Published article, from a Lebanese university hospital, recommended probiotics as prophylactic agents against antibiotics-associated diarrhea [38]. El-Herte et al. from Lebanon reported a case of metronidazole and vancomycin resistant C. difficile treated by a combination of rifamixin and tigecycline after the refusal of the patient to undergo surgical procedure [1]. Conversely caution with the use of tigecycline was urged in a Greek case report after its failure to treat a severe Clostridium infection in Intensive care unit (ICU) setting [39]. We point out here, that our patient didn’t receive tigecycline due to shortage from medical suppliers during his illness period. A case study from Turkey treated successfully a patient, with end-stage renal disease, having C. difficile-associated diarrhea with metronidazole regimen for ten days; justifying their findings about the culture-negative peritonitis by the recent antibiotic therapy, and recommending the consideration of C. difficile in patients with culture-negative diarrhea [40]. From Iran, Goudarzi et al. have investigated the susceptibility pattern of C. difficile clinical isolates and recommended as well metronidazole and vancomycin as first choice drugs for treatment [41]. Also from Iran Sadeghifard et al. recorded susceptibility of C. difficile to chloramphenicol and ceftriaxone [42]. Jordanian authors detected the genetic pattern of the C. difficile’s toxins among hospitalized patients indicating as well susceptibility towards metronidazole and vancomycin [43]. Similar susceptibility studies were done in Kuwait and Saudi Arabia describing antibiotic resistances without proposing any potential solutions [44, 45]; just one report by Abdulaziz et al. informed about the use of intravenous immunoglobulin as adjuvant to antibiotics ensuing with successful outcome [46]. Hospitals in Quatar as well continue on using conventional treatments even for severe cases of C. difficile [47, 48]. Published data from Israel reported and recommended the use of conventional antibiotics [4951] as successful therapy against C. difficile. However, despite such guidelines from their country, a recent study from Israel in collaboration with Boston, USA developed frozen FMT capsules for patients with recurrent C. difficile infection, and evaluated the safety and effectiveness of such administration [52]. This might open a solution for the standardization of the FMT procedure. We tried to order FMT capsules for our patient, but there were some restrictions from the suppliers’ side, since they require from patients willing to try this treatment to be administered and followed directly by USA providers for investigational purposes.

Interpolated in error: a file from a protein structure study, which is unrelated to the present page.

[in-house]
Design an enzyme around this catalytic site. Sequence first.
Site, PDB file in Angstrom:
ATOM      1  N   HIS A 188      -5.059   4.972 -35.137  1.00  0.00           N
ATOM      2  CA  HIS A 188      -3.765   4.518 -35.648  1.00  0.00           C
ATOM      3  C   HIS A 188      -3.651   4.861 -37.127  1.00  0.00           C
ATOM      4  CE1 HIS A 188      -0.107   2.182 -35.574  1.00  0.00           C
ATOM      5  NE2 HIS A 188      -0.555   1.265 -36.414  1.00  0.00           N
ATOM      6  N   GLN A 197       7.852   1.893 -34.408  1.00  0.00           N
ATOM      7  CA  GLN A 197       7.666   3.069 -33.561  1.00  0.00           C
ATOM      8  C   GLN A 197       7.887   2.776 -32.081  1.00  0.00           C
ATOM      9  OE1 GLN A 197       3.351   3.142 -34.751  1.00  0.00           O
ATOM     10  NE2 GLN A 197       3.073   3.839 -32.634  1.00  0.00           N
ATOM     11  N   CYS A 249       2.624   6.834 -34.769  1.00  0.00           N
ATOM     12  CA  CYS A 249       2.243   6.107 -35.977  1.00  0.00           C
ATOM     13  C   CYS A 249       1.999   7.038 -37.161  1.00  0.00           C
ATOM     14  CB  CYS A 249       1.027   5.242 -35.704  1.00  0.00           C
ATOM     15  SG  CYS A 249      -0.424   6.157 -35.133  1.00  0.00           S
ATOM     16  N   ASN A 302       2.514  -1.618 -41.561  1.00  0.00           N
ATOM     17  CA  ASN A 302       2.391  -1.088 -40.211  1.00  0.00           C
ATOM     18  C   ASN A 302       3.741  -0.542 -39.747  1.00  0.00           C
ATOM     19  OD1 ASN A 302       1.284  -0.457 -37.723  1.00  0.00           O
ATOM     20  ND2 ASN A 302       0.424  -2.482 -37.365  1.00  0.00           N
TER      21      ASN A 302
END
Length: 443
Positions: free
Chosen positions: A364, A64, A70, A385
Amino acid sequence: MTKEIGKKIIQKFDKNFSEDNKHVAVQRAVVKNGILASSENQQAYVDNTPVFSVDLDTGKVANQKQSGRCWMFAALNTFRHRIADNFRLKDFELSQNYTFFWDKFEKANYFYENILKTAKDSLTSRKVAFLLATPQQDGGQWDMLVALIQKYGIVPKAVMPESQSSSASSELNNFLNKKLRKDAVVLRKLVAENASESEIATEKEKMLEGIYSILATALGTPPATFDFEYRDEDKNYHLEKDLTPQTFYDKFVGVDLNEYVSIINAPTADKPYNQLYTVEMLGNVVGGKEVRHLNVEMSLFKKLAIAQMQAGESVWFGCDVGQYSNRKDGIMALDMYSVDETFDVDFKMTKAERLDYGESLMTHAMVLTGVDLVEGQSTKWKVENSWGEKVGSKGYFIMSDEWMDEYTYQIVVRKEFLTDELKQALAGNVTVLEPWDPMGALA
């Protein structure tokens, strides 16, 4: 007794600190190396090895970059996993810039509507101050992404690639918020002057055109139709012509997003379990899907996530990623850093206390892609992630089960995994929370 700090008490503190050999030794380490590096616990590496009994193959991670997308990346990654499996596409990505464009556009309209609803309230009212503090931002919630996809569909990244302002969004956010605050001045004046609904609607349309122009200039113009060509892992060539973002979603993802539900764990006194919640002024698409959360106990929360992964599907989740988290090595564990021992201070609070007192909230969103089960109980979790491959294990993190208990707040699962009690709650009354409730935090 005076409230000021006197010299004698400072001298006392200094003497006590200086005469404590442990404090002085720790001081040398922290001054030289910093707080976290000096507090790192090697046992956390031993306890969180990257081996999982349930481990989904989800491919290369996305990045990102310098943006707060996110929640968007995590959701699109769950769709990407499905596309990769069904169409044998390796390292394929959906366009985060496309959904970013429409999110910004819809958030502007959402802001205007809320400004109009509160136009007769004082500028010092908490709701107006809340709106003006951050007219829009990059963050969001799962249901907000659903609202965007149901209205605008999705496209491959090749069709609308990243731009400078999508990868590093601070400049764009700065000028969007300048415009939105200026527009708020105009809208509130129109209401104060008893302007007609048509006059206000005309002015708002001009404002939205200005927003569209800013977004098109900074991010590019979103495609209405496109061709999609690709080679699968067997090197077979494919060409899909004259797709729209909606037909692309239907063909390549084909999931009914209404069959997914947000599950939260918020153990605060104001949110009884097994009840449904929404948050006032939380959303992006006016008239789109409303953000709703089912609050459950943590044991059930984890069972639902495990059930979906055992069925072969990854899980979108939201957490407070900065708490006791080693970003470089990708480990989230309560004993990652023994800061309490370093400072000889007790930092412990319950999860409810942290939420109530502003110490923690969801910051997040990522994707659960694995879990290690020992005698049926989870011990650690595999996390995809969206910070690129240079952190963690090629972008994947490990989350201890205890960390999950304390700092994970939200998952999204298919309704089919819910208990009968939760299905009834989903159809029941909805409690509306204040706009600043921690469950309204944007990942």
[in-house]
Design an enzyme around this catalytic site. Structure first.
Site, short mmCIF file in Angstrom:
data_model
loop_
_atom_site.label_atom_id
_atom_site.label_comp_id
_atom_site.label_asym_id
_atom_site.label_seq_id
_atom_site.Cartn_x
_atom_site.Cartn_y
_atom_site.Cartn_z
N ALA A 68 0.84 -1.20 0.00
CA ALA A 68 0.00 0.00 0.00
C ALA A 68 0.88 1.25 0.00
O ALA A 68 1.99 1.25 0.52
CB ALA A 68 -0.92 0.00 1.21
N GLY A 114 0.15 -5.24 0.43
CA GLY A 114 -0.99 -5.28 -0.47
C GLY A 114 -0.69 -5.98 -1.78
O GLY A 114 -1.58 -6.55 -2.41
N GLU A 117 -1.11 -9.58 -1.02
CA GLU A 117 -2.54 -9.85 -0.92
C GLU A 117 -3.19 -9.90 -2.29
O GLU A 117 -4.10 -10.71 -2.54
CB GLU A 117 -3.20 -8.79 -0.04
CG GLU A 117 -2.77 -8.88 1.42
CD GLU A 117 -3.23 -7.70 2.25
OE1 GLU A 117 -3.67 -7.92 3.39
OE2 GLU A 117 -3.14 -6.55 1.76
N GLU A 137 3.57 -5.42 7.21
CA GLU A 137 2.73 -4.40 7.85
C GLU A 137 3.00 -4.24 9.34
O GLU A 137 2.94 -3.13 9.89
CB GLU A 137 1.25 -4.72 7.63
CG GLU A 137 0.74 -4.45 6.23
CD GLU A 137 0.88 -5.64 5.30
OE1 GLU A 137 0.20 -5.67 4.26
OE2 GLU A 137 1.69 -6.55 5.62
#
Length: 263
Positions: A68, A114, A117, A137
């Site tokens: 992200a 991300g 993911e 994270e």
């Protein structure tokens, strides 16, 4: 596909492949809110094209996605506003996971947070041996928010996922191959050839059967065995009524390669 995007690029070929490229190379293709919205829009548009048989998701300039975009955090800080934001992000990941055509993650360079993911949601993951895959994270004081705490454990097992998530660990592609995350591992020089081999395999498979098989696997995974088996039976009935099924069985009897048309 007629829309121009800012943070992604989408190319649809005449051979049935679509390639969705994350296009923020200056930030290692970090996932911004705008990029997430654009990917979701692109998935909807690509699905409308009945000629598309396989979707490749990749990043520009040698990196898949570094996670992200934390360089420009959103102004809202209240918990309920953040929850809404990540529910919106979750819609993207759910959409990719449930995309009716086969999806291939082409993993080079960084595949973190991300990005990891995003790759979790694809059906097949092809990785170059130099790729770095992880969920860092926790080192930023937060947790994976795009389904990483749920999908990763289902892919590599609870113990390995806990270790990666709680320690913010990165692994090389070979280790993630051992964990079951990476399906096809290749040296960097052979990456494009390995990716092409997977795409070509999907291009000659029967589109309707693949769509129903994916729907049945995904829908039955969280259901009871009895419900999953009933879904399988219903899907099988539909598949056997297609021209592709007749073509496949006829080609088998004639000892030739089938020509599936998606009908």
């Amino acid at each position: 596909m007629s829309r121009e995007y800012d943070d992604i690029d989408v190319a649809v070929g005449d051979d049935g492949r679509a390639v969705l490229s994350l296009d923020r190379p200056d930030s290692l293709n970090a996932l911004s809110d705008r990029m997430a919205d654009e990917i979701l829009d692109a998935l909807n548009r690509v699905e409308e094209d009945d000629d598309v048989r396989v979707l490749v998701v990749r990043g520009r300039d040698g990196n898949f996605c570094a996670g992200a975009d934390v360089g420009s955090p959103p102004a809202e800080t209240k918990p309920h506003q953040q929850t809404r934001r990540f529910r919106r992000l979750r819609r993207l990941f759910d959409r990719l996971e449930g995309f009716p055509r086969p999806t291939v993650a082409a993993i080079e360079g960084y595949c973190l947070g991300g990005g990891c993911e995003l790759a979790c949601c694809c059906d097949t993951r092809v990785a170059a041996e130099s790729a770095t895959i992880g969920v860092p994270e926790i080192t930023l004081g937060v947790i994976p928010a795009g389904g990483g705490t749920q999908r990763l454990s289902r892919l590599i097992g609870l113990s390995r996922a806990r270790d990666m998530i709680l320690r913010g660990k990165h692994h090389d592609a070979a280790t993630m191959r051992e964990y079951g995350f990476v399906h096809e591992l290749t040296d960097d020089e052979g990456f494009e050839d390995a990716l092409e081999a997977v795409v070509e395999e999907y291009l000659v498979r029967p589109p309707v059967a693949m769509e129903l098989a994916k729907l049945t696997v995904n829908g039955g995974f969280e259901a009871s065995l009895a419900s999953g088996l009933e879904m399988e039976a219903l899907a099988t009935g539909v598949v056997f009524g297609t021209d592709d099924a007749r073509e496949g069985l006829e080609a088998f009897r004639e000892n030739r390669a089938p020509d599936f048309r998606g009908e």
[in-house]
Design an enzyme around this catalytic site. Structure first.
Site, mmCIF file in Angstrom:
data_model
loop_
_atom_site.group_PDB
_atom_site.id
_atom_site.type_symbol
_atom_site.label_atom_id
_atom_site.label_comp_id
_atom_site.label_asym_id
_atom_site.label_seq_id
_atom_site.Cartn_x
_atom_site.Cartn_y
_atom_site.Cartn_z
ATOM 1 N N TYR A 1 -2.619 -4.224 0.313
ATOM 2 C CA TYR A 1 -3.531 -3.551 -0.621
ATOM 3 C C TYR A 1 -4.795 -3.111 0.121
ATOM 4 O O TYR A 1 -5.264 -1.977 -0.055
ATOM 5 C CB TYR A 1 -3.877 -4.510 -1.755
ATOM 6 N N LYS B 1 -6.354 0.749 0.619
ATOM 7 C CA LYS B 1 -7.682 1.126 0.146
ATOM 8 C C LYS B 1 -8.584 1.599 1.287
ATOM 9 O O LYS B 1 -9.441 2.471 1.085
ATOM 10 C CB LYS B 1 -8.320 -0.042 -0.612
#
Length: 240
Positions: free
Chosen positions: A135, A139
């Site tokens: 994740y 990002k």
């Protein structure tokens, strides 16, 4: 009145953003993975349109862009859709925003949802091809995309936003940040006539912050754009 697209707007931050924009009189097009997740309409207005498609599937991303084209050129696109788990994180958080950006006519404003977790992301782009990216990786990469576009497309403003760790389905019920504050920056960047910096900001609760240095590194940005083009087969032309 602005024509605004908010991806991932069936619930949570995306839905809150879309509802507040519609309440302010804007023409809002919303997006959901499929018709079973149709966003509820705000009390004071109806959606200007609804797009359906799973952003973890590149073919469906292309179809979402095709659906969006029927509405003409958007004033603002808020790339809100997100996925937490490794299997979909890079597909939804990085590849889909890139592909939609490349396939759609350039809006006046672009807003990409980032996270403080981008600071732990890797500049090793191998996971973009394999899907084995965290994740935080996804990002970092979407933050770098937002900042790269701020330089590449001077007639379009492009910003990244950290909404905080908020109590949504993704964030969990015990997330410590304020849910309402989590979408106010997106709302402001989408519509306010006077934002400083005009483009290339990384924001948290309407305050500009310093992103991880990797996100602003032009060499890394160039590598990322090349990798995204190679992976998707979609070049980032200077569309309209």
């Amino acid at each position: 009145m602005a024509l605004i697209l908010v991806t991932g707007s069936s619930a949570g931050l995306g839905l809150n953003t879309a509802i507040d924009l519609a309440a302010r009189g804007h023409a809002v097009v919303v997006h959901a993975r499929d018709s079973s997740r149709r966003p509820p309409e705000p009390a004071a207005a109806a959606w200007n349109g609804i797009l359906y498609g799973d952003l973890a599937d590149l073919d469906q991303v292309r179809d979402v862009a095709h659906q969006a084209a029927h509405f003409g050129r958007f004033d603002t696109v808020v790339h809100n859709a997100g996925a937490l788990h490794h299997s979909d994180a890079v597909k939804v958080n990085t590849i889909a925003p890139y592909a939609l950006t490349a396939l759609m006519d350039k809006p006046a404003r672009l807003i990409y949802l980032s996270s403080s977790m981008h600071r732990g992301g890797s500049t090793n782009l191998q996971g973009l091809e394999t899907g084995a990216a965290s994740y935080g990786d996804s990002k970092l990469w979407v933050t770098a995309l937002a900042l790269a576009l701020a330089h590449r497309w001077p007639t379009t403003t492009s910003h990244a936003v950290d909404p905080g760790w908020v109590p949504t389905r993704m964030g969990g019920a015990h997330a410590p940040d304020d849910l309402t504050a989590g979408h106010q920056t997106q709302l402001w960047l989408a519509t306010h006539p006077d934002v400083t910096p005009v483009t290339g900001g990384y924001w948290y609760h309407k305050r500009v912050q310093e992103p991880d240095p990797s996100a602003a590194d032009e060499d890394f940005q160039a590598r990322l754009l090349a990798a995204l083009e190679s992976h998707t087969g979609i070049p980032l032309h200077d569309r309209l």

FMT preparation following the local hospital protocol successfully resolved our patient’s symptoms without recourse to surgery. In conclusion, we recommend fecal microbiota transplantation, for severe forms of C. difficile infection, as the best option for treatment.


BCI, Beirut Cardiac Institute; CT, computed tomography; ECDIS, European C. difficile infection study; ESCMID, European society of clinical microbiology and infectious diseases; FDA, Food and Drug Administration; FMT, fecal microbiota transplantation; IABP, intra Aortic balloon pump; ICU, intensive care unit; IDSA, infectious diseases society of America; LAD, left anterior descending artery; LVEF, left ventricle ejection fraction; PMC, pseudomembranous colitis; RAH, Al Rassoul Al Aazam Hospital.


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The authors thank the research committee of Al Rassoul Al Aazam Hospital.


No funding was obtained for this study.

Availability of data and materials

Data will not be shared, because identifying/confidential patient data shouldn’t for ethical reasons.

Authors’ contributions

All the authors have contributed to this manuscript. Dr. ZZB M.D. has performed the Fecal Microbiota Transplantation and helped in correcting the manuscript. Dr. RHH M.D. has followed the cardiac status of the patient and helped in correcting the manuscript. Dr. IHD Ph.D. has contributed to the literature review and manuscript redaction. Dr. MNS M.D. has performed the cardiac surgery. Drs. HHK M.D. and MHY M.D. have helped in writing and correcting the manuscript. We confirm that all authors have read and approved the final version of the manuscript.

Competing interests

The authors declare that they have no competing interests.


Written informed consent was obtained from the patient for publication of this Case report and any accompanying images. A copy of the written consent is available for review by the Editor of this journal.

Ethical considerations

The current case report was approved for publication by the Institutional Review Board of RAH, and the patient data used in this study was anonymized. The study was conducted in accordance with the Declaration of Helsinki.

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Correspondence to Mahmoud H. Younes.

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Berro, Z.Z., Hamdan, R.H., Dandache, I.H. et al. Fecal microbiota transplantation for severe clostridium difficile infection after left ventricular assist device implantation: a case control study and concise review on the local and regional therapies. BMC Infect Dis 16, 234 (2016).

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  • Severe Clostridium difficile1
  • Left ventricular assist device implantation2
  • Fecal microbiota transplantation3
  • Pseudomembranous colitis4
  • Therapy5